Rally of Turkey: Ford leg two summary

Duval and Märtin in points for Ford as Turkey sizzles Ford BP Rallye Sport drivers François Duval and Stéphane Prévot and team-mates Markko Märtin and Michael Park both hold points-scoring positions after today's second leg of the Rally of...

Duval and Märtin in points for Ford as Turkey sizzles

Ford BP Rallye Sport drivers François Duval and Stéphane Prévot and team-mates Markko Märtin and Michael Park both hold points-scoring positions after today's second leg of the Rally of Turkey. The Belgians are fifth in their Ford Focus RS World Rally Car while Märtin and Park recovered lost ground after yesterday's difficulties and climbed back into the FIA World Rally Championship manufacturer points on the final speed test.

It was another gruelling day for drivers in the southern mountains above Kemer where they tackled six more all-gravel speed tests covering 151.83km, the longest leg of this seventh round of the series. The roads were drier than yesterday as the heat reached levels unmatched on a world rally anywhere other than in Kenya in recent years. Ground temperatures of 47°C and air temperatures of 35°C were recorded in the mountains, providing the toughest of tests for drivers, cars and tyres.

Duval and Prévot, lying fifth after leg one, made a superb start by posting second fastest time on each of the first two stages to climb to fourth and close the gap on Petter Solberg in third.

"It was a good morning but I was lucky to escape quite a big incident on the second stage," said Duval. "About 10km from the end, I slid wide at a fifth gear left corner and hit something very hard. The impact took a big chunk out of the front right tyre and we were lucky not to lose the wheel." Michelin's ATS anti-deflation system worked well to keep the rubber inflated and the Belgians lost no time.

But Duval struck problems on the next stage. "About 5km after the start I lost drive to the right front wheel," he explained. "We tried to make repairs after the finish but the same thing happened again just after the start of the next stage. There was nothing I could do apart from lock the differentials and drive as fast as I could. I feel a little demoralised because everything was going so well this morning."

Duval lost more than 2min 30 sec in total and dropped to sixth after also overshooting a junction and stalling the engine. Ford BP mechanics replaced the front right driveshaft in service and also fitted a cross shaft through the front differential.

Twenty-three-year-old Duval bounced back to regain a place on the final stage, ending 1min 57sec behind Carlos Sainz and 28.7sec ahead of Mikko Hirvonen. "The car was perfect again. I'll try to continue in the same rhythm tomorrow because I don't think it's necessary to push too hard," he added.

Märtin and Park began in 43rd and last position after yesterday's problems. They were either first or second car to tackle today's stages in their Castrol-branded Focus RS, a far from ideal situation on roads that had dried to expose loose, slippery gravel. With no chance of a good overall position, the 28-year-old Estonian driver's sole aim was to regain a manufacturers' points position and he also used the opportunity for some testing.

He tried new suspension components as well as a new construction of a tyre introduced by Michelin on the previous round in Greece earlier this month. "I didn't drive flat out but was still competitive which is good. I could do no more than keep going and hope that one more manufacturer-entered car retired and then we would be back in the points. That happened on the final stage this evening so that has made today worthwhile," he said.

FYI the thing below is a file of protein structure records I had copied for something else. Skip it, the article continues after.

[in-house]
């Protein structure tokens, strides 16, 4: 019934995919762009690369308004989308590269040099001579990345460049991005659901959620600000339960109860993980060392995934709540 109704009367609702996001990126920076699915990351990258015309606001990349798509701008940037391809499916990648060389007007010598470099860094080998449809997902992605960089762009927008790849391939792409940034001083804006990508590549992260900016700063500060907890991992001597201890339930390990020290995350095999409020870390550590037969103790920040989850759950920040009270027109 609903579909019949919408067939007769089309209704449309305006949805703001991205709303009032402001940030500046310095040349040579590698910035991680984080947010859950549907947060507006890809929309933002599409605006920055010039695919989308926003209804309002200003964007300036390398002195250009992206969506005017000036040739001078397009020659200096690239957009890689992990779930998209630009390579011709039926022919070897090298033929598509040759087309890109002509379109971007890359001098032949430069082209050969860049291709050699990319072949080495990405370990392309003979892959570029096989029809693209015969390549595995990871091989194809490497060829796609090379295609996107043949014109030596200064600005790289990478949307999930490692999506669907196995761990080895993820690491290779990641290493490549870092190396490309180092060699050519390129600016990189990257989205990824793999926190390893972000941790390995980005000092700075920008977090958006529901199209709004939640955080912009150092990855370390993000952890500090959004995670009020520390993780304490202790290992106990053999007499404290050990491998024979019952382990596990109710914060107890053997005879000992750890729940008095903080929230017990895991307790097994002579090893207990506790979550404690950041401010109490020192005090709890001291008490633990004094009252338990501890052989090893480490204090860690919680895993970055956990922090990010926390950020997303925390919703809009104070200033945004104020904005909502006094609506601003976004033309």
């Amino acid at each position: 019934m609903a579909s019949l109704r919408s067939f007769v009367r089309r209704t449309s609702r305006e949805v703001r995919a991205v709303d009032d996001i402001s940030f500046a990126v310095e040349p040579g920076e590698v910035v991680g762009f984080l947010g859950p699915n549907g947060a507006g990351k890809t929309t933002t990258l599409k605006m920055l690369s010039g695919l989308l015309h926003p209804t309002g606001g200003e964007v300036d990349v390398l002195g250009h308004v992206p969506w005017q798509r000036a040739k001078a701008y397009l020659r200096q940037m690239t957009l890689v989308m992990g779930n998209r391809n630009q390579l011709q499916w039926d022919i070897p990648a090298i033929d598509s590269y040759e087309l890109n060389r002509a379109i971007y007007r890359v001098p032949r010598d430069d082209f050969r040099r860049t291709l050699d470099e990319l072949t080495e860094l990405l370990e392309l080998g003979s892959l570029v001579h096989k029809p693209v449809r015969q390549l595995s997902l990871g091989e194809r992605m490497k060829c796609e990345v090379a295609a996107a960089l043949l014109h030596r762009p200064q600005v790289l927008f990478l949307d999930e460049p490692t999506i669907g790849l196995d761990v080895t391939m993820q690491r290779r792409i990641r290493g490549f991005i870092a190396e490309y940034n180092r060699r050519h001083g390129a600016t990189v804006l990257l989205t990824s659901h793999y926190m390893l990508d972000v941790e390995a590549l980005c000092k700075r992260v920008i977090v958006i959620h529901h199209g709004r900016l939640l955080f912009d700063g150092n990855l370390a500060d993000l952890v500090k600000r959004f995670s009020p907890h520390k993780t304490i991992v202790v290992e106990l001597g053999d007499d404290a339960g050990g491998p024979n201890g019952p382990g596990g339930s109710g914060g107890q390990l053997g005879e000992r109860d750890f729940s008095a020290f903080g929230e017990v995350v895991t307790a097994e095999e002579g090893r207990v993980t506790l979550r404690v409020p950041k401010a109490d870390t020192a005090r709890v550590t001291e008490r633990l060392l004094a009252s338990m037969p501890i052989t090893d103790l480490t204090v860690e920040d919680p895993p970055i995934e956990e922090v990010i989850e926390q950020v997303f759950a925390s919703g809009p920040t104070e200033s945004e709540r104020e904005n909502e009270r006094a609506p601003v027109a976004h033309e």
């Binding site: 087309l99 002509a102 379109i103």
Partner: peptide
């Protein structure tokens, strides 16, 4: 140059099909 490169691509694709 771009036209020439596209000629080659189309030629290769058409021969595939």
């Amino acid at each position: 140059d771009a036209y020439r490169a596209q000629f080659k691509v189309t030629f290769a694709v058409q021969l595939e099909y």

"We went off the road briefly on the last stage. I braked too late for a hairpin and went off backwards into a ditch. Luckily we were able to restart immediately. It was our bit of excitement for the day!" added Märtin who is 27th.

Ford BP team director Malcolm Wilson reflected on a day of mixed fortunes. "Obviously I'm disappointed that François had problems. He was lying fourth and closing on third at the time. But he is still in a points position and a lot can still happen tomorrow. It's satisfying that Markko is back in the manufacturer points. He worked hard to make repairs and stay in the rally last night and his efforts have been rewarded because we now have both cars in points positions," he said.

News from our Rivals

Leg one leader Sebastien Loeb (Citroen) and Marcus Grönholm (Peugeot) were involved in a thrilling battle for top spot. Loeb extended his overnight 7.5sec lead but he was penalised 10 seconds for a jump start on the second stage and Grönholm moved ahead. Two stages later the Finn hit a metal bar which pierced the floor panel and smashed into the underside of co-driver Timo Rautiainen's seat. Grönholm stopped when Rautiainen cried out in pain and Loeb moved back ahead. He ended the day with a 15.9sec lead. Petter Solberg (Subaru) was untroubled in third while Harri Rovanperä (Peugeot) charged up into fourth, despite minor brake troubles this morning. However, his efforts were in vain when he stopped on the final stage with a broken gearbox. Carlos Sainz (Citroen) is fourth, despite feeling ill throughout the day, while Mikko Hirvonen (Subaru) is sixth behind Duval, despite a puncture which ripped the tyre open near the end of stage 11.

Tomorrow's Route

The final leg is the shortest of the three, covering just 77.90km of competition. After leaving Kemer at 06.30, drivers tackle two loops of two identical speed tests before returning for the finish at 14.31. Both stages are unused so far this year and the second on each loop is new to the rally.


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Series WRC
Teams Citroën World Rally Team